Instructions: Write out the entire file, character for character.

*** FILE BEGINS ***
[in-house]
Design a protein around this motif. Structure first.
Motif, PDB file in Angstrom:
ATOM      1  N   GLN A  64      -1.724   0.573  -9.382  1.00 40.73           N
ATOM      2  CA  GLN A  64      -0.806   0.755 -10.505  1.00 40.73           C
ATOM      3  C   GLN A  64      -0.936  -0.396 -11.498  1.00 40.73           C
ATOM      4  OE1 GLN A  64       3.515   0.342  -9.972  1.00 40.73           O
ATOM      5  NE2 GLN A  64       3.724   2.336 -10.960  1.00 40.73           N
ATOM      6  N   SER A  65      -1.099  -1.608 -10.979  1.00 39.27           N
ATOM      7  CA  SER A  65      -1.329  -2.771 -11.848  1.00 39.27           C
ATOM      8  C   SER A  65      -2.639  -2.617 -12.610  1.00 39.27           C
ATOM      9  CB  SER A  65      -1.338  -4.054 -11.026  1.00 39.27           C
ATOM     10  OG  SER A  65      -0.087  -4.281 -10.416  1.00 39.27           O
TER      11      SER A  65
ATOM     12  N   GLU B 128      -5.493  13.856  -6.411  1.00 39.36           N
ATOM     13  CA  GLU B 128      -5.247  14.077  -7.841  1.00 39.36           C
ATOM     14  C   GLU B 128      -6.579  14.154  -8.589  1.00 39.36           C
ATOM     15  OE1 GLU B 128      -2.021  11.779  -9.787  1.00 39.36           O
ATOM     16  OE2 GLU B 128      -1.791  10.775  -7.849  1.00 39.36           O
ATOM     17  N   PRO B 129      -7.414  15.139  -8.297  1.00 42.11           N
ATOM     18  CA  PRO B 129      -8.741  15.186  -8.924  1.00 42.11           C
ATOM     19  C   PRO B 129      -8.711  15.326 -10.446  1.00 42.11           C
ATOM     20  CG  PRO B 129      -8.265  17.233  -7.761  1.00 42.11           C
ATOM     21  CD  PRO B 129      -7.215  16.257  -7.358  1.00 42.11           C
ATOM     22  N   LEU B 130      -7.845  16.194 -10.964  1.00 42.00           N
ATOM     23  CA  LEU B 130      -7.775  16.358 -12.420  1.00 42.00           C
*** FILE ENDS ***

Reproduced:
[in-house]
Design a protein around this motif. Structure first.
Motif, PDB file in Angstrom:
ATOM      1  N   GLN A  64      -1.724   0.573  -9.382  1.00 40.73           N
ATOM      2  CA  GLN A  64      -0.806   0.755 -10.505  1.00 40.73           C
ATOM      3  C   GLN A  64      -0.936  -0.396 -11.498  1.00 40.73           C
ATOM      4  OE1 GLN A  64       3.515   0.342  -9.972  1.00 40.73           O
ATOM      5  NE2 GLN A  64       3.724   2.336 -10.960  1.00 40.73           N
ATOM      6  N   SER A  65      -1.099  -1.608 -10.979  1.00 39.27           N
ATOM      7  CA  SER A  65      -1.329  -2.771 -11.848  1.00 39.27           C
ATOM      8  C   SER A  65      -2.639  -2.617 -12.610  1.00 39.27           C
ATOM      9  CB  SER A  65      -1.338  -4.054 -11.026  1.00 39.27           C
ATOM     10  OG  SER A  65      -0.087  -4.281 -10.416  1.00 39.27           O
TER      11      SER A  65
ATOM     12  N   GLU B 128      -5.493  13.856  -6.411  1.00 39.36           N
ATOM     13  CA  GLU B 128      -5.247  14.077  -7.841  1.00 39.36           C
ATOM     14  C   GLU B 128      -6.579  14.154  -8.589  1.00 39.36           C
ATOM     15  OE1 GLU B 128      -2.021  11.779  -9.787  1.00 39.36           O
ATOM     16  OE2 GLU B 128      -1.791  10.775  -7.849  1.00 39.36           O
ATOM     17  N   PRO B 129      -7.414  15.139  -8.297  1.00 42.11           N
ATOM     18  CA  PRO B 129      -8.741  15.186  -8.924  1.00 42.11           C
ATOM     19  C   PRO B 129      -8.711  15.326 -10.446  1.00 42.11           C
ATOM     20  CG  PRO B 129      -8.265  17.233  -7.761  1.00 42.11           C
ATOM     21  CD  PRO B 129      -7.215  16.257  -7.358  1.00 42.11           C
ATOM     22  N   LEU B 130      -7.845  16.194 -10.964  1.00 42.00           N
ATOM     23  CA  LEU B 130      -7.775  16.358 -12.420  1.00 42.00           C